Material Difference: Patchwork Stars

patchwork stars

“Start simple,” advises Amber Corcoran. “Allow yourself to enjoy the process without focusing entirely on the finished project. Experiment and just see what happens. In the end, your quilt will be a warm and beautiful thing that you’ve made.”

It’s sound advice, coming from years of experience developing as a shop owner, teacher, and designer. As partner-owners of Fancy Tiger Crafts in Denver, Colorado, Amber and Jaime Jennings have grown with their customers. Both were experienced knitters, knowledgeable about textiles and most crafts, but were beginning quilters.

“We’ve learned as much from our customers as they have learned from us, and that joy found in the sharing of knowledge is one of the magical things about the community we’ve created here,” says Amber.

With her background in photography and graphic design, Amber took to quilting right away, and began designing most of the quilt patterns for Fancy Tiger Crafts. “I quickly became interested in using design concepts of composition and color in quilts, making beautiful, useful, and comforting objects.”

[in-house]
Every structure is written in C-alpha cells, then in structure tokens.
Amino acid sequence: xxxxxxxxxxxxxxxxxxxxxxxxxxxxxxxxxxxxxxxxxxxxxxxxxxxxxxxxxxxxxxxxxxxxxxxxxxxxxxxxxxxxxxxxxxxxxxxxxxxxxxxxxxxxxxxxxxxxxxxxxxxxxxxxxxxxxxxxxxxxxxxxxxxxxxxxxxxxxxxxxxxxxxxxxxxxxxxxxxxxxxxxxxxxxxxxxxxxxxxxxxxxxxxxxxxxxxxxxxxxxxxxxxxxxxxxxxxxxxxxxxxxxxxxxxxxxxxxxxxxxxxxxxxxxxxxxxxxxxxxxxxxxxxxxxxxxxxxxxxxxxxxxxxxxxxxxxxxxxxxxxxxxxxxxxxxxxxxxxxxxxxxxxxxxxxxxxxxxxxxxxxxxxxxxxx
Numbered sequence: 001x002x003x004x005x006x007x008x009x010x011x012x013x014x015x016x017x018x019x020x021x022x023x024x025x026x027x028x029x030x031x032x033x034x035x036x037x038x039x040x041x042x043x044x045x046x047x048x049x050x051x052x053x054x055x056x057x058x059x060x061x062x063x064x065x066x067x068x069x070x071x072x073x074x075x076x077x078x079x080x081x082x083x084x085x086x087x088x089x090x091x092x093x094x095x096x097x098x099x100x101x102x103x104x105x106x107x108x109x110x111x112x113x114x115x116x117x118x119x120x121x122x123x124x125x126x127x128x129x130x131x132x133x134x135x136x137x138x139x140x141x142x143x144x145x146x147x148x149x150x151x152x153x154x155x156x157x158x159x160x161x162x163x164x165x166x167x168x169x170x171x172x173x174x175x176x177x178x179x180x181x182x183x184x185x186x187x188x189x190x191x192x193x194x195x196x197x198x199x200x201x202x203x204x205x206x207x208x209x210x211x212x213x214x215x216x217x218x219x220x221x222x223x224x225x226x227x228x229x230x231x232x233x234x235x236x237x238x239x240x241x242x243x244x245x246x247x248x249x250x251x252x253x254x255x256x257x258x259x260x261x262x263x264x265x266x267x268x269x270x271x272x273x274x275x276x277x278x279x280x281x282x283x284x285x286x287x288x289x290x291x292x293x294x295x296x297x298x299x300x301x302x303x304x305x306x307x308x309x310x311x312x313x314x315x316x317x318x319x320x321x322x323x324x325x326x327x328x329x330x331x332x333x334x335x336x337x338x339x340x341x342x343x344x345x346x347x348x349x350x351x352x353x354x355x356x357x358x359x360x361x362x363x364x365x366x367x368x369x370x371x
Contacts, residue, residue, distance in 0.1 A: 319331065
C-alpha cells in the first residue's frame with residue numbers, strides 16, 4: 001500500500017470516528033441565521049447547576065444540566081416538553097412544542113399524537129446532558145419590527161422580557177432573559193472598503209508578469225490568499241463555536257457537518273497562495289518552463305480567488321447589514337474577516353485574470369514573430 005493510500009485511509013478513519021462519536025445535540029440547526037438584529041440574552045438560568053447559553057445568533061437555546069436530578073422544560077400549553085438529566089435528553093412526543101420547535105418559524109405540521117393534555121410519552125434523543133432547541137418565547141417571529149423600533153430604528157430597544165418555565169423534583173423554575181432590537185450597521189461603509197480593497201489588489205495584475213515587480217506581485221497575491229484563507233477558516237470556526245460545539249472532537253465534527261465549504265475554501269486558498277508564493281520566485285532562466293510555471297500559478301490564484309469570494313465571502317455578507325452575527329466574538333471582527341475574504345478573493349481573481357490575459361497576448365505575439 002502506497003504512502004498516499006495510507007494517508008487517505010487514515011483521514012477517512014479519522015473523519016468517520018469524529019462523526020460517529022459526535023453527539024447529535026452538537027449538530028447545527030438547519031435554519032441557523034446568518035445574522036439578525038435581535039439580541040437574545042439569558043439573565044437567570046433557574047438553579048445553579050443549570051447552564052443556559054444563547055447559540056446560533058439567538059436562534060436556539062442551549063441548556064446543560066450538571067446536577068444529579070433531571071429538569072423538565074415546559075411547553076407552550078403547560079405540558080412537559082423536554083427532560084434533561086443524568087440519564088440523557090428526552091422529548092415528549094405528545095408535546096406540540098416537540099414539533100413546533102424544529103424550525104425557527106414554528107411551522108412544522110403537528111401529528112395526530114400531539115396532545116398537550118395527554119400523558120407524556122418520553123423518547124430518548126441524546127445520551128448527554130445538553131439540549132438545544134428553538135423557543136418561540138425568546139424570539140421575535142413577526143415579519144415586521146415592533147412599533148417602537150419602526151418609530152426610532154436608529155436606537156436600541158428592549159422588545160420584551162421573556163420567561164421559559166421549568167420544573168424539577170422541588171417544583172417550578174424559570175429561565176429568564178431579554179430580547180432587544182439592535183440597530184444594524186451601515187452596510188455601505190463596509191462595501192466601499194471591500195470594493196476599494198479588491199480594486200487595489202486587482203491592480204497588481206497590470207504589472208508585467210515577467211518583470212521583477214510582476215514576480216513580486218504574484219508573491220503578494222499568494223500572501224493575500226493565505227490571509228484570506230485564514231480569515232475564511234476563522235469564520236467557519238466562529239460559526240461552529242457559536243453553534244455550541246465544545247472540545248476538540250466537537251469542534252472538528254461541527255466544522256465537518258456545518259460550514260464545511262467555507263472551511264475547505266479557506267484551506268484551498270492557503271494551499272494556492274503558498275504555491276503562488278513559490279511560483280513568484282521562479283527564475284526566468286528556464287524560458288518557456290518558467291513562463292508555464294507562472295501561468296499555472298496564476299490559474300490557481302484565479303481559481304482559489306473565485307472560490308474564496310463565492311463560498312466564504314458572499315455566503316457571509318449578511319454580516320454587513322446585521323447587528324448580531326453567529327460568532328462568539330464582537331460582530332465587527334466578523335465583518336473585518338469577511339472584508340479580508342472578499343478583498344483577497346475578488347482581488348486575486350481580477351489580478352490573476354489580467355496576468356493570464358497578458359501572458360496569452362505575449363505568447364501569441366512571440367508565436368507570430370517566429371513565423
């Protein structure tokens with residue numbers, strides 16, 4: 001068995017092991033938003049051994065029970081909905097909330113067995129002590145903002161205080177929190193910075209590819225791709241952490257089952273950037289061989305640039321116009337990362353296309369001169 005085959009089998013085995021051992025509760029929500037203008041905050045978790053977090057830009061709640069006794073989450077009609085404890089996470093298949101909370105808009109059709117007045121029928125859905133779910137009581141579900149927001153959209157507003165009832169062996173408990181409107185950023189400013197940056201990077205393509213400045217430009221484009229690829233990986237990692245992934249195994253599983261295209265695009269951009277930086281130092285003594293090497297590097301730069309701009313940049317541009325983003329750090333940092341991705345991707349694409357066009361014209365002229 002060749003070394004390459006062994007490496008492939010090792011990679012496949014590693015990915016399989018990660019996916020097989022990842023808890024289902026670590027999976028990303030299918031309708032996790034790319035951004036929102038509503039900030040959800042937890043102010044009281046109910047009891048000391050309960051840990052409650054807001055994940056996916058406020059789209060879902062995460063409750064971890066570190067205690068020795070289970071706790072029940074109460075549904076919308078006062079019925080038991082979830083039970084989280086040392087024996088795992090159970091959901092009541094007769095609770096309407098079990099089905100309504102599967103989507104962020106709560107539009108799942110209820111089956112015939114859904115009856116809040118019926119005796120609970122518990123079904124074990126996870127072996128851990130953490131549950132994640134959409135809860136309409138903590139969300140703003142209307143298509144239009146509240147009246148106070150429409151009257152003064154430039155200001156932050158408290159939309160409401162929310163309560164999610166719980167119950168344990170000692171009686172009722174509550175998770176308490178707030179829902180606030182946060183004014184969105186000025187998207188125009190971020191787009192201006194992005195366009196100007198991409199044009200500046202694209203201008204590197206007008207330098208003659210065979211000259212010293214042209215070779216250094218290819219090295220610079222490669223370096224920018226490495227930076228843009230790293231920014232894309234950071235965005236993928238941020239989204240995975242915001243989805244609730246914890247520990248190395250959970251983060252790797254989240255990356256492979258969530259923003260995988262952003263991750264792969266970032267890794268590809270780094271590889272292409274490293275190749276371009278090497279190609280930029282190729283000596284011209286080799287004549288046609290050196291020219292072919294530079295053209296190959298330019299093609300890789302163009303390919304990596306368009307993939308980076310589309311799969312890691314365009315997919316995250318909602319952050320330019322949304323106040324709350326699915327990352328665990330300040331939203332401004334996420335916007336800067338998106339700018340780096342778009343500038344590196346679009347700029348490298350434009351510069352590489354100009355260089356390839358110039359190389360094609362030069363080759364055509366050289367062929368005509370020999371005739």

As a craft store, Fancy Tiger Crafts attracts more than just quilters. “In our shop we carry supplies for knitting, sewing, quilting, embroidery, hand-spinning, and macrame, so we often have ‘crossover’ crafters. Many a knitter has been tempted to try their hand at quilting with our patterns. It makes me happy that people find them so approachable.”

One of those approachable, ‘crossover’ patterns is the 12 Constellations quilt.

Patchwork Stars

A signature quilt design for Fancy Tiger, the pattern can be found in the book, Fancy Tiger Crafts Constellations: 12 Pieced Astrological Blocks and 8 Personalized Sewing Projects.

Sometimes inspired by technique or scale, or the play between negative space and the design, Amber’s design for the Constellation quilt series was initially inspired by color.

“We have a beautiful Japanese linen canvas in the store, [and] I fell in love with the way the indigo and mustard colors looked next to each other. I kept sketching designs, wanting something with lots of negative space and little pops of mustard,” she says.